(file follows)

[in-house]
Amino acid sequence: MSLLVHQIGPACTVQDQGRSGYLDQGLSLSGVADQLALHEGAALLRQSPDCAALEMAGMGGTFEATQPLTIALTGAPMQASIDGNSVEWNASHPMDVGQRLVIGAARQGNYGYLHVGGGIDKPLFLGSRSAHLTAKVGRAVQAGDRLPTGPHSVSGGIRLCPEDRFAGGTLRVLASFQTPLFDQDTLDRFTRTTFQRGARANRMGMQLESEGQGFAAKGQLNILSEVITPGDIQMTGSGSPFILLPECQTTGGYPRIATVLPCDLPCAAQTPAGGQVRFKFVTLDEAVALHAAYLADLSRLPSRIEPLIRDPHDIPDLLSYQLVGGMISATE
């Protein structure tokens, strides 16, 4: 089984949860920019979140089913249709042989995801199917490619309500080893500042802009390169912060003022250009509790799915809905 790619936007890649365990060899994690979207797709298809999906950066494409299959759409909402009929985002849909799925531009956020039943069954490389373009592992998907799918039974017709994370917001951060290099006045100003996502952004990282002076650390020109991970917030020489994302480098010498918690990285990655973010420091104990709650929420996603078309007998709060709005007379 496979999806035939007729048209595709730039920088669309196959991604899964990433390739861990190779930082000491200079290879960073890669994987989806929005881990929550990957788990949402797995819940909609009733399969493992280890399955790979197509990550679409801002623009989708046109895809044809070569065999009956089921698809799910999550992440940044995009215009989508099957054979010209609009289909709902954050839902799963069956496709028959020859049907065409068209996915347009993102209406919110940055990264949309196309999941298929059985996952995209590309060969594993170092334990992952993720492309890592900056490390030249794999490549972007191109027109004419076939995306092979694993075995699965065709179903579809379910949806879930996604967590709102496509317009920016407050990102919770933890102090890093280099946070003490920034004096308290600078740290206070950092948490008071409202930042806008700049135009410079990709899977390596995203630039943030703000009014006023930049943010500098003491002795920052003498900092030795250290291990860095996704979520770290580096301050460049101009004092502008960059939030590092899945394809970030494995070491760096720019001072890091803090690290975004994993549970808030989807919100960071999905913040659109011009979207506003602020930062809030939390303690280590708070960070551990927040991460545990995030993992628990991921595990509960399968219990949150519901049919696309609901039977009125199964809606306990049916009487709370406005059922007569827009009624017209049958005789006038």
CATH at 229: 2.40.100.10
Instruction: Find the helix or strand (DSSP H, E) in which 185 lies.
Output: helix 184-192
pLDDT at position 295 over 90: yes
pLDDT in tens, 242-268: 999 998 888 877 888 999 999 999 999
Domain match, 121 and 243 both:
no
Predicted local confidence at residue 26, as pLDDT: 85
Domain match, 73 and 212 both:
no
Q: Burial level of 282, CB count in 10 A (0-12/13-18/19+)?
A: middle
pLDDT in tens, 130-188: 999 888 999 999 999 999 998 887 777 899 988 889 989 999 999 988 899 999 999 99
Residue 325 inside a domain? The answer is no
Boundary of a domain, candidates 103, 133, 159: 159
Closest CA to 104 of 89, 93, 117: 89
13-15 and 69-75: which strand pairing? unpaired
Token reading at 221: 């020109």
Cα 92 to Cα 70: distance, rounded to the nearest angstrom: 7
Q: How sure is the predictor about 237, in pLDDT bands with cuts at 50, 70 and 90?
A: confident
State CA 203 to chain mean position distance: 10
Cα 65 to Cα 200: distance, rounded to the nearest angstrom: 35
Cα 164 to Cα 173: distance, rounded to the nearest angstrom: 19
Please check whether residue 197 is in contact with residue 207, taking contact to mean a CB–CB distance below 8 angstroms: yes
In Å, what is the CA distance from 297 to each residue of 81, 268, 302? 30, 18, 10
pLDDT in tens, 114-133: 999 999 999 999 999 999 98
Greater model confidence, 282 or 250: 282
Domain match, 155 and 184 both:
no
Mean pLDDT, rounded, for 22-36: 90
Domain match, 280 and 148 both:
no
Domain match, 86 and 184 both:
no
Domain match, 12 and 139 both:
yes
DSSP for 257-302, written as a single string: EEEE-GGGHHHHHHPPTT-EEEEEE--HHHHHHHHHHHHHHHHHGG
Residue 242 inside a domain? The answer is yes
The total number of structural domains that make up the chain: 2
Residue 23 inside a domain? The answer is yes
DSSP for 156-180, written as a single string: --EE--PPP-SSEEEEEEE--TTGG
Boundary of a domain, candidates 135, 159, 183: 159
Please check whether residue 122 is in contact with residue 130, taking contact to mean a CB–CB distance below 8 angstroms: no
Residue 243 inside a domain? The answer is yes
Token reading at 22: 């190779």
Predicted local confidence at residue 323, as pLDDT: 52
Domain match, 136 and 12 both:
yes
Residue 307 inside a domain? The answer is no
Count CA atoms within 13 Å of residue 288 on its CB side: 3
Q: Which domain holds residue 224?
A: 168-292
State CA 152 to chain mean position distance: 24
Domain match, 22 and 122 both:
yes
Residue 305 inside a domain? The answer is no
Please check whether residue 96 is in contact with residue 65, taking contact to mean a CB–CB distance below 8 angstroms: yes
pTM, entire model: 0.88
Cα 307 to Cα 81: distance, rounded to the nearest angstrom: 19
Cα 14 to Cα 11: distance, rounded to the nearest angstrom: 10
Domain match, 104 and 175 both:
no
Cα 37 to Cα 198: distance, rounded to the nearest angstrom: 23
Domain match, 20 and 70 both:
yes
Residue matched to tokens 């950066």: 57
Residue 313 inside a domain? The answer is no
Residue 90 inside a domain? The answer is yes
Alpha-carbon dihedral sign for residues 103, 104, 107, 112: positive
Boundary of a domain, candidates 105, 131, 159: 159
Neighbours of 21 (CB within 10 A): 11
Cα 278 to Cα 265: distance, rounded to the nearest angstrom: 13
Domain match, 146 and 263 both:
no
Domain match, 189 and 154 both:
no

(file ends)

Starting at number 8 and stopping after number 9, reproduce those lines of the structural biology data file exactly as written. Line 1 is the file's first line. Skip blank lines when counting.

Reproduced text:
pLDDT in tens, 242-268: 999 998 888 877 888 999 999 999 999
Domain match, 121 and 243 both: